Gashouse Annie

Concert Review

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Loretta Lynn, Pepsi Cola Roadhouse, Burgettstown, PA March 5, 2004

After country legend Loretta Lynn won two Grammys for her recent genre-bending CD, it's easy to forgive her the stage oddities that occurred Saturday at Pepsi-Cola Roadhouse.

After postponing her December concert following back surgery, the 69-year-old Lynn said she would have "crawled" to the Roadhouse if she had to despite lingering discomfort compounded by an illness.

Her six-piece band, three backup singers and The Lynns, her twin daughters Peggy and Patsy Lynn, warmed up the crowd before the Grand Ole Opry star, in a pink sequinned ball gown, was greeted with a standing ovation. Lynn opened with Shel Silverstein's "Hey Loretta" before resting in a plush chair at center stage and prompting the audience to call out their favorite songs.

The concert began to falter, however, when Lynn couldn't remember the words to most of the requests. While she sang at least parts of almost 20 songs -- including "When the Tingle Becomes a Chill," "Blue Kentucky Girl," "The Pill" and "One's on the Way" -- many of the songs got only as far as a verse and a chorus before fizzling out altogether. Daughter Peggy Lynn sat at the back of the stage doubling her mother's vocals and filling in the missing words.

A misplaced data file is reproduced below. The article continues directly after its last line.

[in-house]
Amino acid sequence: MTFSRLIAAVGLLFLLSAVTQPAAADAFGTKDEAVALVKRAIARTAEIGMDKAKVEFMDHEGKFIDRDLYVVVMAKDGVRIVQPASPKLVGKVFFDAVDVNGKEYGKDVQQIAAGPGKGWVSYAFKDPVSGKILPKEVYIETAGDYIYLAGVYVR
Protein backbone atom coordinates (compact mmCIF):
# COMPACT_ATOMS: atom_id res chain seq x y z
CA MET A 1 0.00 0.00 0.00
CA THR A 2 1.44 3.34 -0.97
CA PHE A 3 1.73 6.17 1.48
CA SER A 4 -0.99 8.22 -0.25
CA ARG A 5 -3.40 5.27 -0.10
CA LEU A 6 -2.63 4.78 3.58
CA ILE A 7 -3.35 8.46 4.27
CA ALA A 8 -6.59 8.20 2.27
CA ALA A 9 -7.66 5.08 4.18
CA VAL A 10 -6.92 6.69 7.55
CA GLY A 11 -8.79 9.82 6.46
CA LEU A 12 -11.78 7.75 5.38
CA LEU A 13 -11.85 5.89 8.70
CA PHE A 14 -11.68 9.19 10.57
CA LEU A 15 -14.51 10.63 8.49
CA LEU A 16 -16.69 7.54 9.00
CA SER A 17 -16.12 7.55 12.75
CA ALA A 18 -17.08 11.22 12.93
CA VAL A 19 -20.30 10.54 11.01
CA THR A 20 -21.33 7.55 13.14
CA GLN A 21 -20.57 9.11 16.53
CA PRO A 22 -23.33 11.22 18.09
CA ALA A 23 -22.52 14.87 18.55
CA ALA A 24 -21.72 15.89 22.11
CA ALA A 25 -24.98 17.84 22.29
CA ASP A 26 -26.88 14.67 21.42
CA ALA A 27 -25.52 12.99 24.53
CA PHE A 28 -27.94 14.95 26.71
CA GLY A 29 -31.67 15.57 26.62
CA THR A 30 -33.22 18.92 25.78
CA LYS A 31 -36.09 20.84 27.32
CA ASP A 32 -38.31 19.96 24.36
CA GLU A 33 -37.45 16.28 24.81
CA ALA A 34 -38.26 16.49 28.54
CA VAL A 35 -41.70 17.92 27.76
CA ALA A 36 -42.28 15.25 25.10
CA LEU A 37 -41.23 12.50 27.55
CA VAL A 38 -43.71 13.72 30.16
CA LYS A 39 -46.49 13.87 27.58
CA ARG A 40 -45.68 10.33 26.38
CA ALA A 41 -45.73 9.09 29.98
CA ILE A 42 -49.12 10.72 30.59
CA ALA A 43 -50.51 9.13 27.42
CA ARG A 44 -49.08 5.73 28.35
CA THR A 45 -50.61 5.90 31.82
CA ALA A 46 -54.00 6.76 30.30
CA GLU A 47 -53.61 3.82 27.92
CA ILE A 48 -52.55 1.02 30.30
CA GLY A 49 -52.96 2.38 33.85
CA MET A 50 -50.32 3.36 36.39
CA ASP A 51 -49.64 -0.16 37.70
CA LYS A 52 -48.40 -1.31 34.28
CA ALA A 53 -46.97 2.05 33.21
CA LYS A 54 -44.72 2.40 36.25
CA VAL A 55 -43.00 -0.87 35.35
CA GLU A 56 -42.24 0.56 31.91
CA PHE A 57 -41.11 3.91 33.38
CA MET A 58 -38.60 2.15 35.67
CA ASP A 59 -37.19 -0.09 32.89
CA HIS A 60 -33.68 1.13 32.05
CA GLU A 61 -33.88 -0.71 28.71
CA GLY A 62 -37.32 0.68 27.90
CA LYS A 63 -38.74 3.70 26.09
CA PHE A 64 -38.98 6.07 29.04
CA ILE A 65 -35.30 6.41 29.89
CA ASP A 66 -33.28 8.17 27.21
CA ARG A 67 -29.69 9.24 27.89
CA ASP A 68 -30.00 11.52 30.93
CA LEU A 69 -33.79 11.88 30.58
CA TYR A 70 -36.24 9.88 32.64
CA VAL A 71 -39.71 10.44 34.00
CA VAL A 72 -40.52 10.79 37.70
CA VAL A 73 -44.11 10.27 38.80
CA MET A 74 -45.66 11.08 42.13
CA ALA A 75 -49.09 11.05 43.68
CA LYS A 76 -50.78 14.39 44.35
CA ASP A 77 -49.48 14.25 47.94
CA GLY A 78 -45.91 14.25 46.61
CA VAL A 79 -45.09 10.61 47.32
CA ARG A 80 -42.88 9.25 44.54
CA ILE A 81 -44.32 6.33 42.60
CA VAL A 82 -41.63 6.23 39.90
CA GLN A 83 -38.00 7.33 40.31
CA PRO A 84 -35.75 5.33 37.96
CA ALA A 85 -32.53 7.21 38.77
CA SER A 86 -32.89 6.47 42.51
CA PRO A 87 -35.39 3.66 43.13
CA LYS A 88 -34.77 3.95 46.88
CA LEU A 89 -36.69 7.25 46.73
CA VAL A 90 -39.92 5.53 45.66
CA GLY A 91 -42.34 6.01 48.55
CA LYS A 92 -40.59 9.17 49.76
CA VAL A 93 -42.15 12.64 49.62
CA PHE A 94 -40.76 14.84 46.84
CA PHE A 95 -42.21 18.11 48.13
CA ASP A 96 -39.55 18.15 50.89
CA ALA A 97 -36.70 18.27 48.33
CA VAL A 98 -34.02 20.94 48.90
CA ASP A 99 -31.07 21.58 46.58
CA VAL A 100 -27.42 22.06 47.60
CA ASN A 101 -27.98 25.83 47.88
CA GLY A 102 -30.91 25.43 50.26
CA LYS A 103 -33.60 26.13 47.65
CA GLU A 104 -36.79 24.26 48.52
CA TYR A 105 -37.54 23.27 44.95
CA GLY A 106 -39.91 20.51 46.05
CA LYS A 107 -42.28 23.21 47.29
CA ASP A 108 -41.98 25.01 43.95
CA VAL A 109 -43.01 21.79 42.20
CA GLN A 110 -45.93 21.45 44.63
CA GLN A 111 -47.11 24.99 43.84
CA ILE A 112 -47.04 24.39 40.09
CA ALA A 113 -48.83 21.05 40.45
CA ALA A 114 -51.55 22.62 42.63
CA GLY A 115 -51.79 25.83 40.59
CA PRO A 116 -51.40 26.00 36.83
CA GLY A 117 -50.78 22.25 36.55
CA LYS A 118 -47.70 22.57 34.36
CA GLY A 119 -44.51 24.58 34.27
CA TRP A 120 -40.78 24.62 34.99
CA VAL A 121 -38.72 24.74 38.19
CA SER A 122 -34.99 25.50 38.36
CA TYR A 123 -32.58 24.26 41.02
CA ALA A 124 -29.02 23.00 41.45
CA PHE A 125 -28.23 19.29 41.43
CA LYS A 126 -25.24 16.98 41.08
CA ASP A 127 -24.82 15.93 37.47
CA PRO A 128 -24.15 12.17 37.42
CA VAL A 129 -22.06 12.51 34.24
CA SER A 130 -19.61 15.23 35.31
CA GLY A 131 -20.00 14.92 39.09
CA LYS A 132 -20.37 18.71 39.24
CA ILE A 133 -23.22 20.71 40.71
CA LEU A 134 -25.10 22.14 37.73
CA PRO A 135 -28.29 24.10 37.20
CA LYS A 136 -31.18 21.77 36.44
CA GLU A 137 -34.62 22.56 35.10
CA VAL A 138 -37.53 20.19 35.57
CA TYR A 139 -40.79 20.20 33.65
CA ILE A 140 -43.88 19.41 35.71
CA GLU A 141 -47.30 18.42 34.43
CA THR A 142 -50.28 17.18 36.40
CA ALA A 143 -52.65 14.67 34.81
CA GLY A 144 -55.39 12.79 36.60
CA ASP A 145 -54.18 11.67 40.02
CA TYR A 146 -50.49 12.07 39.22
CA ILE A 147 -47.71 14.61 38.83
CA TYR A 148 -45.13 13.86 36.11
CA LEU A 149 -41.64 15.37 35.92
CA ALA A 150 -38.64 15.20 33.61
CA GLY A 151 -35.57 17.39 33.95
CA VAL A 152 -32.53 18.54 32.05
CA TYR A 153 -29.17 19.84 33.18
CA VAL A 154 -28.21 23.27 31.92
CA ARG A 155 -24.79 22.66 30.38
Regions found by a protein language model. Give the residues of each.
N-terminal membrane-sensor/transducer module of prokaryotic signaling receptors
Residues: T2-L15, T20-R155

Performing without Jack White, her partner and producer on the new "Van Lear Rose" CD, Lynn made it through the album's "Portland, Oregon" and "Family Tree." But the show soon spiraled out of control. Backing vocalists rescued Lynn by standing in front of her and singing covers, and The Lynns returned with a couple of impromptu songs, while Lynn sat awkwardly in the chair. After an uncomfortable hour, she was prompted to sing her namesake song, "Coal Miner's Daughter," and was finally whisked off stage.

Pittsburgh's Gashouse Annie, fronted by songwriter Shirley Dragovich, opened with a solid set of original country songs from the band's CD, "He's a Rambler." Although the CD has been largely ignored by local radio, Gashouse proved yet again that they are one of the area's best artists, deserving of much more attention.

-- Review by John Hayes,
Post-Gazette staff writer